The other commenter stated that it does not believe it is appropriate to apply the biobased purchasing requirement to tactical equipment unless the Department of Defense has documented that these products can meet the performance requirements for such equipment and are available in sufficient supply to meet domestic and overseas deployment needs. Therefore, the commenter recommended that USDA revise the designations of both the hydraulic fluids and the penetrating lubricants to make clear that they are for non-tactical applications only.
Response: USDA believes that the situations described by the commenters are of sufficient concern that it is appropriate to provide specific exemptions for certain designated items on an item-by-item basis. Therefore, USDA is exempting from the preferred procurement program the use of mobile equipment hydraulic fluids, penetrating lubricants, and diesel fuel additives when used in military equipment in combat or combat-related missions and for spacecraft systems and their launch support equipment where failures could have catastrophic consequences.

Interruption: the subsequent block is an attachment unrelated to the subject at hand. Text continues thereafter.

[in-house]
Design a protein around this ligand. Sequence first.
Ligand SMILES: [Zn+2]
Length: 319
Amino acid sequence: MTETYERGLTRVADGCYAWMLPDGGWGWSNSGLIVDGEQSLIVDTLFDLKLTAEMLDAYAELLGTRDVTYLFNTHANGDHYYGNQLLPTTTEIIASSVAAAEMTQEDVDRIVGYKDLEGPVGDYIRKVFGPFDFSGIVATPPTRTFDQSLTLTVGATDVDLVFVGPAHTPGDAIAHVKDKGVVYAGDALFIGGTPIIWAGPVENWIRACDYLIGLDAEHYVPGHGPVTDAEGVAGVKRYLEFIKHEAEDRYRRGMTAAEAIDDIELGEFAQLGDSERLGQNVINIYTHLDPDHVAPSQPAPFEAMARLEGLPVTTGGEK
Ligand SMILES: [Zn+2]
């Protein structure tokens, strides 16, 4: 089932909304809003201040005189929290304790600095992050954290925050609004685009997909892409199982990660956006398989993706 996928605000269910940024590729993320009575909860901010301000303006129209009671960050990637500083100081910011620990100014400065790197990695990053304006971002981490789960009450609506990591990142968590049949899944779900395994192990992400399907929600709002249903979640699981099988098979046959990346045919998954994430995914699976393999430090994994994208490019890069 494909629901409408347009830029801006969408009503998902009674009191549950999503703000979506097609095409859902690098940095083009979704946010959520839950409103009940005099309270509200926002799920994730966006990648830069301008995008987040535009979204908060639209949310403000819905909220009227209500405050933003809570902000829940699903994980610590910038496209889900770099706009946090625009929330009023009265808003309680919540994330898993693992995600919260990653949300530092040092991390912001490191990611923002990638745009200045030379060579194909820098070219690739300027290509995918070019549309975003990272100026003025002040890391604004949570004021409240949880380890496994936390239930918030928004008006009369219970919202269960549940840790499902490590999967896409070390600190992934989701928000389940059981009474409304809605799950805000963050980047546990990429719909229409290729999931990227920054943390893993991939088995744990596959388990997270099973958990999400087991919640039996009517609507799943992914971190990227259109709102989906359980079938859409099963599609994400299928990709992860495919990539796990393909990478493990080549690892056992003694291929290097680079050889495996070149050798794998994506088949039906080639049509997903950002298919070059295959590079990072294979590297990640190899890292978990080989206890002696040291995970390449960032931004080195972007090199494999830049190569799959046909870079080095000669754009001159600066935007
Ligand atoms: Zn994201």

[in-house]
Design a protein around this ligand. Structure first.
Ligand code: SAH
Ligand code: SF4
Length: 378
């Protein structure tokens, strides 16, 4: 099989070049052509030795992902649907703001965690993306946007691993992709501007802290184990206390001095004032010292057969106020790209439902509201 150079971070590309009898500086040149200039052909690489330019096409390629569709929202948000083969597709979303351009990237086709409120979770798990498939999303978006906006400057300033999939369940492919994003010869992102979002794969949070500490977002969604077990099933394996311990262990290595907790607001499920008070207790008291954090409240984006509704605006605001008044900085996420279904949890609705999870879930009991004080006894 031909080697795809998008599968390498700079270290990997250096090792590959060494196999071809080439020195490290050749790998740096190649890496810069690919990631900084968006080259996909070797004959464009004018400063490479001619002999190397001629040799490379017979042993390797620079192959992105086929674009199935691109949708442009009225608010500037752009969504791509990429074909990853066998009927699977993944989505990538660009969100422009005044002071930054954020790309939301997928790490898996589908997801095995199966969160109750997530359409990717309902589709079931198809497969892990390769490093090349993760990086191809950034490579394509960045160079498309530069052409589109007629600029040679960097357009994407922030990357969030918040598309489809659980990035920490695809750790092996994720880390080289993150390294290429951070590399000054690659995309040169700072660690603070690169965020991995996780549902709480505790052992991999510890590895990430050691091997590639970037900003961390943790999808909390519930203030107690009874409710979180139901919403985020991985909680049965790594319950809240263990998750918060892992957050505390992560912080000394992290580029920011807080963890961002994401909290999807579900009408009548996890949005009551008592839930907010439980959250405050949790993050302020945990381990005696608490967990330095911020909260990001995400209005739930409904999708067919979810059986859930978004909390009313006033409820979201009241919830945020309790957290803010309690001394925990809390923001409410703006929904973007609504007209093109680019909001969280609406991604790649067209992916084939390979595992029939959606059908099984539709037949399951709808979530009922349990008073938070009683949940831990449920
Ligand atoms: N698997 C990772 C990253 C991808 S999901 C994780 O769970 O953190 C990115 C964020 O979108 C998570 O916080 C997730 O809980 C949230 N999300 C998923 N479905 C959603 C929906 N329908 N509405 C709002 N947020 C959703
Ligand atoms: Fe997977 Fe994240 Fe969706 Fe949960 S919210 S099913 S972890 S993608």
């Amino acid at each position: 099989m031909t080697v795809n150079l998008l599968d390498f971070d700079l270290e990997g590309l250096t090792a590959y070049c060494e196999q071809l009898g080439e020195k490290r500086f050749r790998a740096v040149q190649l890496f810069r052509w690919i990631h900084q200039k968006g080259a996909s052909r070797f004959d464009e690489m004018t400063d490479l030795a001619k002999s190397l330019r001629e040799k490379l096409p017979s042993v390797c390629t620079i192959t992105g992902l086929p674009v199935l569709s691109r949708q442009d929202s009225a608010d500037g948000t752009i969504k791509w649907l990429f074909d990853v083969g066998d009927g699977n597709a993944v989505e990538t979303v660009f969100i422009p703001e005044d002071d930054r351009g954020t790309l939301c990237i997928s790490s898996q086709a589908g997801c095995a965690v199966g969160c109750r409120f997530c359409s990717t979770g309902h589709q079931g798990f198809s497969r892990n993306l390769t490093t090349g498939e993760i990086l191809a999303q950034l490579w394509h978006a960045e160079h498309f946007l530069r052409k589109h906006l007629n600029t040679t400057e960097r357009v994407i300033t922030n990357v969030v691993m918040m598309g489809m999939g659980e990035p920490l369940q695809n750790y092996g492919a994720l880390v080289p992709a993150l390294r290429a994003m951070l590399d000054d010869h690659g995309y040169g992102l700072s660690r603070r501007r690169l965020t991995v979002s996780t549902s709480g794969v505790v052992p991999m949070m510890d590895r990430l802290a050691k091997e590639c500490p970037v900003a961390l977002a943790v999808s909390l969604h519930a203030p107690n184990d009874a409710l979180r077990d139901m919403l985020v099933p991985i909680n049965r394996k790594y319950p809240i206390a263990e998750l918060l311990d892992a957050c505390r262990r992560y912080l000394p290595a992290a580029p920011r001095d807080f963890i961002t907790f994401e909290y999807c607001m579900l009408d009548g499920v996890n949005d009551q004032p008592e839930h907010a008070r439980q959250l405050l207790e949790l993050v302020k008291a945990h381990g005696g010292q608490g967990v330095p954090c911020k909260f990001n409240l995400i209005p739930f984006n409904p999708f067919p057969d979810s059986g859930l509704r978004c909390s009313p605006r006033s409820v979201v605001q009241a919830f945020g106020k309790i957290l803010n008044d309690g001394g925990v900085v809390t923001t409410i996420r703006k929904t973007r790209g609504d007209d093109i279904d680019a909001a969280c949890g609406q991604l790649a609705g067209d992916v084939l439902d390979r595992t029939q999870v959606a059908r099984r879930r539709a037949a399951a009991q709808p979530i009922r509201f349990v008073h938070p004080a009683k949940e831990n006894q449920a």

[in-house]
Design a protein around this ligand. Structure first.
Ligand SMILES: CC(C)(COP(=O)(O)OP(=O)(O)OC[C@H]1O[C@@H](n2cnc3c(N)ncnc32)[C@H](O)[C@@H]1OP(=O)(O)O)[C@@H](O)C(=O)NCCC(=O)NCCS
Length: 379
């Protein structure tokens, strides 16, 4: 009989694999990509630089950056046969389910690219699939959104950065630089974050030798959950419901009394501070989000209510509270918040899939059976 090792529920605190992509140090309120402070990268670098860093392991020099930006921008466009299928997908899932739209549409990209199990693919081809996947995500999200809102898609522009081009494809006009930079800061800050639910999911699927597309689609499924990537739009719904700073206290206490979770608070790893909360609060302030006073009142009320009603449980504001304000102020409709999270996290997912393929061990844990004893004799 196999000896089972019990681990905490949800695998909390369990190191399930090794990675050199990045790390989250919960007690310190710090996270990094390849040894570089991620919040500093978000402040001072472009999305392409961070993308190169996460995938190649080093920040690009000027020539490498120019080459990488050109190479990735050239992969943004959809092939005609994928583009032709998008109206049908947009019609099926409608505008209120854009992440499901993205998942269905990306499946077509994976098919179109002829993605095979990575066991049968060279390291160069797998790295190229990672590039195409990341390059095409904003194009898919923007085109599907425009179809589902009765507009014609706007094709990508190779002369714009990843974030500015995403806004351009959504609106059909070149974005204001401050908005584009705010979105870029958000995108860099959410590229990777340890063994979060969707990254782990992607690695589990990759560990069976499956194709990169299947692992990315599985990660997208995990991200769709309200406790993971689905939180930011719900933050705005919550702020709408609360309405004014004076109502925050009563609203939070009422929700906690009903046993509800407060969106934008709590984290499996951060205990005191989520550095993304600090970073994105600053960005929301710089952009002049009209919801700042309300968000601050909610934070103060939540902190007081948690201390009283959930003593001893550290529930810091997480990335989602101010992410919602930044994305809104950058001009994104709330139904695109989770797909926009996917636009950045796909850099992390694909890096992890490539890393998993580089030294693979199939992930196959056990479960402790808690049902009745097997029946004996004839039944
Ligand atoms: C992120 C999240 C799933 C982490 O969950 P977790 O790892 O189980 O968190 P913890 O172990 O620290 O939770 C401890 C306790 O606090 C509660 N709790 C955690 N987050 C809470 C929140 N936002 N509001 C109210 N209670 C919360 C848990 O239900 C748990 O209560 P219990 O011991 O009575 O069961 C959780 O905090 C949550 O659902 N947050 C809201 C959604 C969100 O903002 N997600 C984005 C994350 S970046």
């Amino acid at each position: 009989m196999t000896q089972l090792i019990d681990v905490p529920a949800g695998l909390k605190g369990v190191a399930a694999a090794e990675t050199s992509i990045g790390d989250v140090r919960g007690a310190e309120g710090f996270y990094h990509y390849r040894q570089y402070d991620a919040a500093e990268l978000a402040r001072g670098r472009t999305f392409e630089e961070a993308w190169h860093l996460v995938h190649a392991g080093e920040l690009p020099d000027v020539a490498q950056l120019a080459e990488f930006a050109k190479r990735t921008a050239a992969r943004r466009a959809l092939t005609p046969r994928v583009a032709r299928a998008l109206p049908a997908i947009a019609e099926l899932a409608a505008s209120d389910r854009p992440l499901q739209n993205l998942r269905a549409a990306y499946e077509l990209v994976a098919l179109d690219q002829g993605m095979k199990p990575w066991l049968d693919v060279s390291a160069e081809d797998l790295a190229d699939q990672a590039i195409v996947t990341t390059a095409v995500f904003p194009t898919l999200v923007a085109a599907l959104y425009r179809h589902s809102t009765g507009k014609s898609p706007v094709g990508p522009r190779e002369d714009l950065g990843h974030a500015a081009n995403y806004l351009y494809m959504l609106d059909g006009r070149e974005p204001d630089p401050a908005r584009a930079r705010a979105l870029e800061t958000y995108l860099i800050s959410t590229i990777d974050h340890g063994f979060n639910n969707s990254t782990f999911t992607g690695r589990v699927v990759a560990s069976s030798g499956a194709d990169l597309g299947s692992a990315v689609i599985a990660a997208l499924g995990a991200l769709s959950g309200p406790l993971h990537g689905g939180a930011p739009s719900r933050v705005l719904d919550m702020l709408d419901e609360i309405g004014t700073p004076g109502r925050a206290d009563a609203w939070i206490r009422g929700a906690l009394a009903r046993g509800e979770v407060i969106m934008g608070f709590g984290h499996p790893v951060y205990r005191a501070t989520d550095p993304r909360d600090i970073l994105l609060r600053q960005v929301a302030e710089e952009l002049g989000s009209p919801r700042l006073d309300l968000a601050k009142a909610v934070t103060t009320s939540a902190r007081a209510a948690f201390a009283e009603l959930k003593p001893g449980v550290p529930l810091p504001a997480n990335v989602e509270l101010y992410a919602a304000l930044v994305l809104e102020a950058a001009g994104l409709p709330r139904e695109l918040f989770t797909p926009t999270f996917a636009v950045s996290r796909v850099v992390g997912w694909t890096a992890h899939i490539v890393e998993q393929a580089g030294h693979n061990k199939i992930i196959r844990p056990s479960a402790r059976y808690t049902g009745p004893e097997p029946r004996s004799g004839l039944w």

Comments Related to Specific Designated Items—Water Tank Coatings
Comment: Two commenters expressed concern over designating water tank coatings as an item for preferred procurement. One commenter asked whether the use of biobased water tank coatings had been reviewed by industry and Government organizations responsible for public water supplies. This commenter stated that the viability of the biobased product proposed for coating water storage tanks needs to be adequately tested and approved by appropriate Government and industry groups (including obtaining NSF International (NSF) certification) to ensure that the product will not deteriorate over time and result in contamination of drinking water supplies. The second commenter stated that USDA should ensure that NSF-certified products are available before finalizing the designation of water tank coatings as a biobased procurement item.
Response: USDA agrees with the commenters that a water tank coating must be formulated in a manner that meets relevant and appropriate performance specifications. Therefore, USDA will work with manufacturers to allow posting of all performance tests on its FB4P Web site and with the interagency council to understand Federal purchasing.